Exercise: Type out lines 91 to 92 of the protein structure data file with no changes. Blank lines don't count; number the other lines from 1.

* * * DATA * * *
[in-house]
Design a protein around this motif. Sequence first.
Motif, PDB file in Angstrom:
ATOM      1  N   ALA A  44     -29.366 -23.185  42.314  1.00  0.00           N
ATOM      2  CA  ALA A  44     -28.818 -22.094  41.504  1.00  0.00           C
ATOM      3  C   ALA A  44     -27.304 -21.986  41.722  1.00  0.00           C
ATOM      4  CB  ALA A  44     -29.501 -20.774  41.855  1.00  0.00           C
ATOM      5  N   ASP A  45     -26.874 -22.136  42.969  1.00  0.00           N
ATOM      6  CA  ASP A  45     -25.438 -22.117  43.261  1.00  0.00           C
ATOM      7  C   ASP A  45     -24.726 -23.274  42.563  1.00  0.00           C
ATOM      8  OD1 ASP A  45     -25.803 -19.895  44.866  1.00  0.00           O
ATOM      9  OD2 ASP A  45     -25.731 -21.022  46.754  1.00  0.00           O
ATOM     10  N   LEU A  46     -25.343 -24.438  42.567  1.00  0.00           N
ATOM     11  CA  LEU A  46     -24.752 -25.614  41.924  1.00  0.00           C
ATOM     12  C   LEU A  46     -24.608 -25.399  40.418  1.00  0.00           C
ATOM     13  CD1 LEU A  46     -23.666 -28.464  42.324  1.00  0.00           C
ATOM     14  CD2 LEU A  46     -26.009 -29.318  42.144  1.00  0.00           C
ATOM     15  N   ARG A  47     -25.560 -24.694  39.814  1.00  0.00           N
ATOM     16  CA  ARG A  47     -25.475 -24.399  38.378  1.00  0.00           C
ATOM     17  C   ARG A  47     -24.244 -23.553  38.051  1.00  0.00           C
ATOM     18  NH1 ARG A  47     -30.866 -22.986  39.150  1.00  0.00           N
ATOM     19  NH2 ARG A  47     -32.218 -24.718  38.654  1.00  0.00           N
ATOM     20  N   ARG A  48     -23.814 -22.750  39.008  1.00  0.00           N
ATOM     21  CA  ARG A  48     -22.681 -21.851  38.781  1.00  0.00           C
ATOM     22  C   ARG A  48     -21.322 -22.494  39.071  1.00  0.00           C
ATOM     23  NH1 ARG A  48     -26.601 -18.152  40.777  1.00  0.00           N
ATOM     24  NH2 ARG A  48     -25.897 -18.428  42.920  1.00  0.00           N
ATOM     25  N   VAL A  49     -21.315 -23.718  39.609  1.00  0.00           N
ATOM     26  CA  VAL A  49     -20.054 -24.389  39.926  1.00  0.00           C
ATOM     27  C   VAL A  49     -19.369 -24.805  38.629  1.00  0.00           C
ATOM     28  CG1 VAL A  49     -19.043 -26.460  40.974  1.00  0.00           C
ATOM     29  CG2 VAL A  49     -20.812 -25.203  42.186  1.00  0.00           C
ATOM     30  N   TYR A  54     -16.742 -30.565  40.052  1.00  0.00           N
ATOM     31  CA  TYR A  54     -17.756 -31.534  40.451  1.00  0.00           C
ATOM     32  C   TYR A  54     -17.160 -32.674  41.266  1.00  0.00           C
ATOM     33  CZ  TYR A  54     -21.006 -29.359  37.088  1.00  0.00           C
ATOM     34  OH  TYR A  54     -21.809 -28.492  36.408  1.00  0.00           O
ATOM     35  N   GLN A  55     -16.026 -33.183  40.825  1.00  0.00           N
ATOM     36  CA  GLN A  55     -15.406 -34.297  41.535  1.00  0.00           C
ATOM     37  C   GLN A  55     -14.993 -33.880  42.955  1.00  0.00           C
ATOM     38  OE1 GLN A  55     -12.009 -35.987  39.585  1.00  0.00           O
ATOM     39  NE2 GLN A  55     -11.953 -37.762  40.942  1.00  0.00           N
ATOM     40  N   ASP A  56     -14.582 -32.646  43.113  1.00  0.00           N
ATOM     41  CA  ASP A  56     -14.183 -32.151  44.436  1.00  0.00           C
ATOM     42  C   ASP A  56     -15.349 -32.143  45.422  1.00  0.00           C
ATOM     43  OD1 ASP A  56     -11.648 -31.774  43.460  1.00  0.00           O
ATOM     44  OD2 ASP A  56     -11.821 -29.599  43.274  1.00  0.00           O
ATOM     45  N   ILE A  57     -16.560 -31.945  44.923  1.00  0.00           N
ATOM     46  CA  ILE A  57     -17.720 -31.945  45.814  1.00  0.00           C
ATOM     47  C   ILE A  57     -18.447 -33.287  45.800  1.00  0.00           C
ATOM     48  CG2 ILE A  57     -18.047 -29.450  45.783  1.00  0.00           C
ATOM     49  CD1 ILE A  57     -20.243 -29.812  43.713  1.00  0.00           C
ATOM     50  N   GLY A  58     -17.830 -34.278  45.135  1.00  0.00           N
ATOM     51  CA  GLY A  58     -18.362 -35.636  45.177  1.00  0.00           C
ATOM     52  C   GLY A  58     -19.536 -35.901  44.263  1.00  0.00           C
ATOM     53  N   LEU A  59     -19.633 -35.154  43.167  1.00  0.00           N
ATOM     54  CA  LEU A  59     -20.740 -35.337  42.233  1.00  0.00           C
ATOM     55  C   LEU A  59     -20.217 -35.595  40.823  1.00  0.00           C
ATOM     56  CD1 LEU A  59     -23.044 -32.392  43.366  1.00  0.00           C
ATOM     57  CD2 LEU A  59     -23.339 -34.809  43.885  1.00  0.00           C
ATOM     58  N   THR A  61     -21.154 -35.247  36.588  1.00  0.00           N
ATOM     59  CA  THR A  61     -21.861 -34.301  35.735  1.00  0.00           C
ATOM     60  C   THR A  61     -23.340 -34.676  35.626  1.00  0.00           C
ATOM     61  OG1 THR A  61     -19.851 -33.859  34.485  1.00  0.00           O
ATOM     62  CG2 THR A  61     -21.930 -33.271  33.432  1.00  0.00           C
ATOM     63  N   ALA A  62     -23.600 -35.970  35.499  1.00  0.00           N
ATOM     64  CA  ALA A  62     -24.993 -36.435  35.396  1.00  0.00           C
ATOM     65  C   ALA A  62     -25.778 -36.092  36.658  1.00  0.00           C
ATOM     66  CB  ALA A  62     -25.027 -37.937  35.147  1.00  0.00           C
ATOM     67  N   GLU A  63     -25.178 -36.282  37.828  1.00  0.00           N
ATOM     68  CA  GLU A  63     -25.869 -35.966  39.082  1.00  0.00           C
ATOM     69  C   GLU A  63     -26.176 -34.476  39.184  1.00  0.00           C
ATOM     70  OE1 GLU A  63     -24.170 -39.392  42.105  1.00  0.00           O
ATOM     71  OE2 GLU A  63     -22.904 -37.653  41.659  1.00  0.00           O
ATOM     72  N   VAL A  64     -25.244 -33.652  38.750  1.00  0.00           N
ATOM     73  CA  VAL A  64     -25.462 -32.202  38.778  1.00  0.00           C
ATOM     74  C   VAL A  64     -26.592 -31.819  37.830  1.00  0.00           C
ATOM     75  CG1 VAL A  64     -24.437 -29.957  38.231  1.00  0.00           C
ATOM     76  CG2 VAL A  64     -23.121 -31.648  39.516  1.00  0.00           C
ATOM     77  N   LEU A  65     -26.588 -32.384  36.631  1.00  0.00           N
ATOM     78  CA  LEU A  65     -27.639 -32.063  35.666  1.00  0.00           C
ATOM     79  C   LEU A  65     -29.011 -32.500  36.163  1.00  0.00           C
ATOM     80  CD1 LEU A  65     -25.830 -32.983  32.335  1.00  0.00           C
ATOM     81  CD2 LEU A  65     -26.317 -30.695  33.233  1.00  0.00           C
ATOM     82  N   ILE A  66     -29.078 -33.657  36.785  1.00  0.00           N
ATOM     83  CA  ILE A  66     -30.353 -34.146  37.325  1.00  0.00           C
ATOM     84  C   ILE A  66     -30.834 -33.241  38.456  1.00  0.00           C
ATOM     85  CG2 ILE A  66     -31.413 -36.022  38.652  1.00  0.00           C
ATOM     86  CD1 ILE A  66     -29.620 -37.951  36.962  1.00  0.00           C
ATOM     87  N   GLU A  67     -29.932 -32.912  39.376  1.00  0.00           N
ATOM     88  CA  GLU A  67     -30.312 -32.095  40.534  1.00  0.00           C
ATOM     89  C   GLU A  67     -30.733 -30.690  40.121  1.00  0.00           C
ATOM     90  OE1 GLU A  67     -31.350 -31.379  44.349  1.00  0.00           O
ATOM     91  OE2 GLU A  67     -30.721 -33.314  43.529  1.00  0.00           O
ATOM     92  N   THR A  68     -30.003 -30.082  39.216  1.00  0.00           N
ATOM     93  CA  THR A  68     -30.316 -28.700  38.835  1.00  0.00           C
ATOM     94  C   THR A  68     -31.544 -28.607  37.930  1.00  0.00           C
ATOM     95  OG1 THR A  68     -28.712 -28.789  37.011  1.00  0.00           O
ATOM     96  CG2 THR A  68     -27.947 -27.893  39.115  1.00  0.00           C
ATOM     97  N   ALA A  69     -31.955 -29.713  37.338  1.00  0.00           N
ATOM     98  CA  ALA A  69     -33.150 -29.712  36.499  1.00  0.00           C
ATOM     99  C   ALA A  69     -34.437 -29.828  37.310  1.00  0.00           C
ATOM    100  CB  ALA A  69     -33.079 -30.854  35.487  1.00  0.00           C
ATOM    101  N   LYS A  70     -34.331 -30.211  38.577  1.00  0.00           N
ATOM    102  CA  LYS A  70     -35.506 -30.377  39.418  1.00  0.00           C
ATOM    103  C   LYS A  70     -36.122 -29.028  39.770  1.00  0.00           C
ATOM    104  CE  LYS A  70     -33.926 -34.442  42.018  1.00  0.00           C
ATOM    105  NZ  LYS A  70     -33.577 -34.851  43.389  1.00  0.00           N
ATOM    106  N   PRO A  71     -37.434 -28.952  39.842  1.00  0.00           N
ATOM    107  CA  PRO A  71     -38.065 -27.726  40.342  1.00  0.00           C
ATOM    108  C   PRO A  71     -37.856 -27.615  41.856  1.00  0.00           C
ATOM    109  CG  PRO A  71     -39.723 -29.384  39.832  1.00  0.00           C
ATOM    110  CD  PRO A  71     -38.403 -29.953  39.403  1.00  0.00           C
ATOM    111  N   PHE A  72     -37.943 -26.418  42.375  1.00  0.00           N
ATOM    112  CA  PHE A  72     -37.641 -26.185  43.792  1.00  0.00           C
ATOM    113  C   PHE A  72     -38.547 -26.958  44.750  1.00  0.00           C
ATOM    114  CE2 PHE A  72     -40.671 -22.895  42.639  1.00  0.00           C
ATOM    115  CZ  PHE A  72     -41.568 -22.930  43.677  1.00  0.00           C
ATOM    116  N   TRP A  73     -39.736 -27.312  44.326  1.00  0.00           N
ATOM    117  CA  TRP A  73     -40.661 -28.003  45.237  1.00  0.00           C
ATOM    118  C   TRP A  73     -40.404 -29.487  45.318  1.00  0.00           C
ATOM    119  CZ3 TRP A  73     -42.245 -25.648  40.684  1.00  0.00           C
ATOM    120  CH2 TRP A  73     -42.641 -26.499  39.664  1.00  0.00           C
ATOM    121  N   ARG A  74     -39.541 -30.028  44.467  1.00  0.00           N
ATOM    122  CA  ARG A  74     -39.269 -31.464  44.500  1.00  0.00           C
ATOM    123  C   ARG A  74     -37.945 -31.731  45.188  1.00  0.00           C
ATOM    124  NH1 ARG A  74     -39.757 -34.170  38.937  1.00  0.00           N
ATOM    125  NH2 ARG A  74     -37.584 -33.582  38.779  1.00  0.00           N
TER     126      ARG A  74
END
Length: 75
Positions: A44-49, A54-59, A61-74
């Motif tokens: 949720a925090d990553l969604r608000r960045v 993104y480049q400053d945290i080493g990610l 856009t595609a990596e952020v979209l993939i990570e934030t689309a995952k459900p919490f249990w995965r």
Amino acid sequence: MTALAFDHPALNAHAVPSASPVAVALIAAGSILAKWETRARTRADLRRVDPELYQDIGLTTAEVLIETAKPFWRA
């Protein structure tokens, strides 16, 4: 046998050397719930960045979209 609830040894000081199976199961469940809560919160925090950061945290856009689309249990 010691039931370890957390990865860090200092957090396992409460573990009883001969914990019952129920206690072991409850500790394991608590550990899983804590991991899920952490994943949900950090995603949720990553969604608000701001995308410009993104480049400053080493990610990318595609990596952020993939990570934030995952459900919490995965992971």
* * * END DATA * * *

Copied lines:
ATOM     88  CA  GLU A  67     -30.312 -32.095  40.534  1.00  0.00           C
ATOM     89  C   GLU A  67     -30.733 -30.690  40.121  1.00  0.00           C